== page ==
RIHANNA, ASSAULTED BY CHRIS BROWN: Even if Chris never hit me again who`s to say that their boyfriend won`t? Who`s to say they won`t kill these girls? And these are -- these are young girls? And I can not -- I just didn`t realize how much of an impact I had on these girls` lives until that happened. Until that happened. It was a wake up call -- it was a wake-up call for me.

(END VIDEO CLIP)

VELEZ-MITCHELL: Dr. Drew, we often discuss addiction and co- dependency in terms of alcoholism or drug addiction. But it can also occur with violence, can it not?

PINSKY: It can occur with violence and it can occur with relationships. In fact one of the ways to conceptualize what she is describing is love addiction which is to say she has built this guy into a bigger-than-life fantasy. She is attached to that fantasy. She feels like she can`t live without and it`s really a pseudo intimacy they established.

This is a classic pattern of abuse where somebody is abused and has this stinking-thinking, that oh my goodness, this guy loves me so much. Look at how his love for me upsets him when in fact he`s at an ultra state and just abusing her when he`s in that state.

VELEZ-MITCHELL: Yes and I also think there`s something called addiction to drama. I know because I`m a recovering drama addict myself.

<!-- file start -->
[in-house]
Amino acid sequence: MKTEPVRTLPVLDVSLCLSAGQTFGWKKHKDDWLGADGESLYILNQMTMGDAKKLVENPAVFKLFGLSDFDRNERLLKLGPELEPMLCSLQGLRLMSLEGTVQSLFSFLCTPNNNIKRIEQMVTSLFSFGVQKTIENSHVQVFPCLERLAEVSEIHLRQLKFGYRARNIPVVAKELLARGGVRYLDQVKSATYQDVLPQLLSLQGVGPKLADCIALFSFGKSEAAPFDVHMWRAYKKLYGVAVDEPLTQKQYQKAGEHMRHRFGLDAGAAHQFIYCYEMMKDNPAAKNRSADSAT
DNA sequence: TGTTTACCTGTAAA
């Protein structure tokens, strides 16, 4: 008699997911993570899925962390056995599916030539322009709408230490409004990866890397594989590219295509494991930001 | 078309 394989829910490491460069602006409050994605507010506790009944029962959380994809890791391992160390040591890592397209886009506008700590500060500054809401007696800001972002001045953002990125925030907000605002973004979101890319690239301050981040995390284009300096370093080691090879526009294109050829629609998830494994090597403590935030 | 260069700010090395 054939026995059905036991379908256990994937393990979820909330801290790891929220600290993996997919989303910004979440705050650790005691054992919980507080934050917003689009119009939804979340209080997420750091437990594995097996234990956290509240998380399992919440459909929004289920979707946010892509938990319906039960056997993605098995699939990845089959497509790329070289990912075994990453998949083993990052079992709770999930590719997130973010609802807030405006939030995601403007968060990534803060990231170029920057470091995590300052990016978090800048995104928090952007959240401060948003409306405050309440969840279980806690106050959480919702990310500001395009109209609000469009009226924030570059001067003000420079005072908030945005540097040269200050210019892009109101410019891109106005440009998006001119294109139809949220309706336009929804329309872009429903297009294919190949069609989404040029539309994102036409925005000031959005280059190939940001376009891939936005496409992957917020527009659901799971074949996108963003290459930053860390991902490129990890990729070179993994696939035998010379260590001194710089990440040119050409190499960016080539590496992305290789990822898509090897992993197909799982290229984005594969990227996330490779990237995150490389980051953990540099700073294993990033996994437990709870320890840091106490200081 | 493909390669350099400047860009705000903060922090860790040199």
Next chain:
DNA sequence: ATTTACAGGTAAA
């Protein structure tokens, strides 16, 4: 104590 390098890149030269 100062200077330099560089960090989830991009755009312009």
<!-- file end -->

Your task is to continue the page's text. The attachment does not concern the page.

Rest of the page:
PINSKY: Yes.

VELEZ-MITCHELL: Rihanna says she now knows Chris attacking her wasn`t her fault. Listen to her on ABC`s "GMA."

Ok, we don`t have it. But anyway Alicia Quarles, essentially what she says is, "This happened to me. I didn`t cause this. I didn`t do this. This happened to me and it can happen to anybody." And I think that`s a very good realization but why did it take her so long to make that realization?

QUARLES: Well I think it`s a powerful message but you`ve got to also understand her album is coming out very soon, her single has dropped. So she`s going to have to do interviews to promote this album. Now is the time to finally speak about this issue.

She`s been quiet so long and people saw that her silence, she was almost siding with Chris Brown so it`s very nice to hear that she`s saying, you know what? He was at fault. It wasn`t my fault and she wants to be a role model for all the little girls who look up to her.

PINSKY: Hey Jane...

VELEZ-MITCHELL: Dr. Drew, yes, go ahead.

PINSKY: Yes, I`ve got to say, you know I treat lots of people like this and it`s rarely some sort of strategy that they`re following. There maybe more opportunities to go into the public when something is about to happen like a records dropping or something, but the fact is usually they`ve had some treatment.

And I suspect she`s had enough treatment, talked to somebody sufficiently to gain some objectivity, to look at how sick this situation is and to realize in fact that she does have an impact on a lot of young women and this is not ok.

VELEZ-MITCHELL: Well, I applaud her. I applaud her for the change that she made because she was the poster child for battered women`s syndrome when she first went back to Chris Brown after the beating. And now she has turned that ship around and she can once again be a role model for young girls.

Thank you to my fabulous panel for joining me tonight and the guy who we vaporized, thank you too.

You are watching ISSUES on HLN.